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1.3 The Benefits of Distributed Programming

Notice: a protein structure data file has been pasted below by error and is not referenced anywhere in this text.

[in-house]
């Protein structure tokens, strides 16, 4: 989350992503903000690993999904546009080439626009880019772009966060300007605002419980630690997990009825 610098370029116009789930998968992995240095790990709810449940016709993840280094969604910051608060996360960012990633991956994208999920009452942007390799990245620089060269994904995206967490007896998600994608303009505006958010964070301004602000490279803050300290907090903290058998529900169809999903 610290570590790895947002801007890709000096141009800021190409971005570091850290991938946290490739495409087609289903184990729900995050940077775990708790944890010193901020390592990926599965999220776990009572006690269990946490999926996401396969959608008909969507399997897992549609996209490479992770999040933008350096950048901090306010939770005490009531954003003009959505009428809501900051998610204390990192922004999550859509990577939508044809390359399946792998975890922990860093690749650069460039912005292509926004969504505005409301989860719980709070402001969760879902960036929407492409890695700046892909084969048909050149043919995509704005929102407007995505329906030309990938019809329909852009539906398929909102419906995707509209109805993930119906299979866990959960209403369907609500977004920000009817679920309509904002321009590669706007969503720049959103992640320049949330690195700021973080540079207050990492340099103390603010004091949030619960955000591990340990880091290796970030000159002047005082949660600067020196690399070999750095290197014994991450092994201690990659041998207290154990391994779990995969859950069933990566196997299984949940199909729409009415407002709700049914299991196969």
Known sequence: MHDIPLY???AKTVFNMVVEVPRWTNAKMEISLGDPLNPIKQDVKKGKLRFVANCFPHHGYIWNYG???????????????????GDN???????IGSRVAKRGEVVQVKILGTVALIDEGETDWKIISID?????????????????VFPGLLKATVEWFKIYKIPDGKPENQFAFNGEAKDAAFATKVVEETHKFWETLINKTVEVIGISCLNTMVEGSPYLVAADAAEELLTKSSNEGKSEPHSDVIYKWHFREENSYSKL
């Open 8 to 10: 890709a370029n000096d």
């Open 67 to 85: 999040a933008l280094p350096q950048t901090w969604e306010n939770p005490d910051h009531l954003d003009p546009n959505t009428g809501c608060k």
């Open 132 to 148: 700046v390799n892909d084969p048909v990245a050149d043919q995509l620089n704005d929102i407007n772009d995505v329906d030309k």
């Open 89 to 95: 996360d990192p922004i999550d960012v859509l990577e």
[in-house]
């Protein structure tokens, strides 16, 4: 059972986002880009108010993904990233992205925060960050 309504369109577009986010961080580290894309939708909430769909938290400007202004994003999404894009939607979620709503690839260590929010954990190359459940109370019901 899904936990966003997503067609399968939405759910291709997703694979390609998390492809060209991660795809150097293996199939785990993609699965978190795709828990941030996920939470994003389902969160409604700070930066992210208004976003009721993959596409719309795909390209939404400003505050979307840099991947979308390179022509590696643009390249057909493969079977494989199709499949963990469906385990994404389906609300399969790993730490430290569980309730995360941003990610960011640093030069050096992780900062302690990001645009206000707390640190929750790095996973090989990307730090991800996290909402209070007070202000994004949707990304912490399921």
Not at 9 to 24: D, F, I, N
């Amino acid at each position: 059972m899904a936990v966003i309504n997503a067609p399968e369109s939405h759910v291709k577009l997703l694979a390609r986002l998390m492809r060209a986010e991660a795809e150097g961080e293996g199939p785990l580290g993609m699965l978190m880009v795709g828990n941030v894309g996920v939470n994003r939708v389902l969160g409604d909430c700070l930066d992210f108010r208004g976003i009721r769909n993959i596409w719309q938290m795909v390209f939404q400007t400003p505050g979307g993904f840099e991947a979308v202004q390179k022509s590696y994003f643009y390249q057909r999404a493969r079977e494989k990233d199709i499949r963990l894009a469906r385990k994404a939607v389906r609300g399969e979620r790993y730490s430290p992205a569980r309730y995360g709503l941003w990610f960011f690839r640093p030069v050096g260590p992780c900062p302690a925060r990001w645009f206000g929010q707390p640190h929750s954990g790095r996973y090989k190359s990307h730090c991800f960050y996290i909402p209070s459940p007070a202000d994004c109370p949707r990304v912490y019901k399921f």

Distributed programming techniques allow software to take advantage of resources located on the Internet, on corporate and organization intranets, and on networks. Distributed programming usually involves network programming in one form or another. That is, a program on one computer on a network needs some hardware or software resource that belongs to another computer either on the same network or on some remote network. Distributed programming is all about one program talking to another program over some kind of network connection, which may involve everything from modems to satellites. The distinguishing feature of distributed programs is they are broken into parts. Those parts are usually implemented as separate programs. Those programs typically execute on separate computers and the program’s parts communicate with each other over a network. Distributed programming techniques provide access to resources that may be geographically distant. For example, a distributed program divided into a Web server component and a Web client component can execute on two separate computers. The Web server component can be located in Africa and the Web client component can be located in Japan. The Web client part is able to use software and hardware resources of the Web server component, although they are separated by a great distance and almost certainly located on different networks running different operating environments. Distributed programming techniques provide shared access to expensive hardware and software resources. For instance, an expensive, high-end holographic printer may have print server software that provides print services to client software. The print client software resides on one computer and the print server software resides on another computer. Only one print server is needed to serve many print clients. Distributed computing can be used for redundancy and fail over. If we divide the program up into a number of parts with each running on different computers, then we may assign some of the parts the same task. If one of the computers fails for some reason then another part of the same program executing on a different computer picks up the work. Databases can be used to hold billions, trillions, even quadrillions of pieces of information. It is simply not practical for every user to have a copy of the database. The problem is some users are located in different buildings than where the computer with the database is located. Some users are located in different cities, states, and in some instances, countries. Distributed programming techniques are used to allow users to share the massive database regardless of where they are located.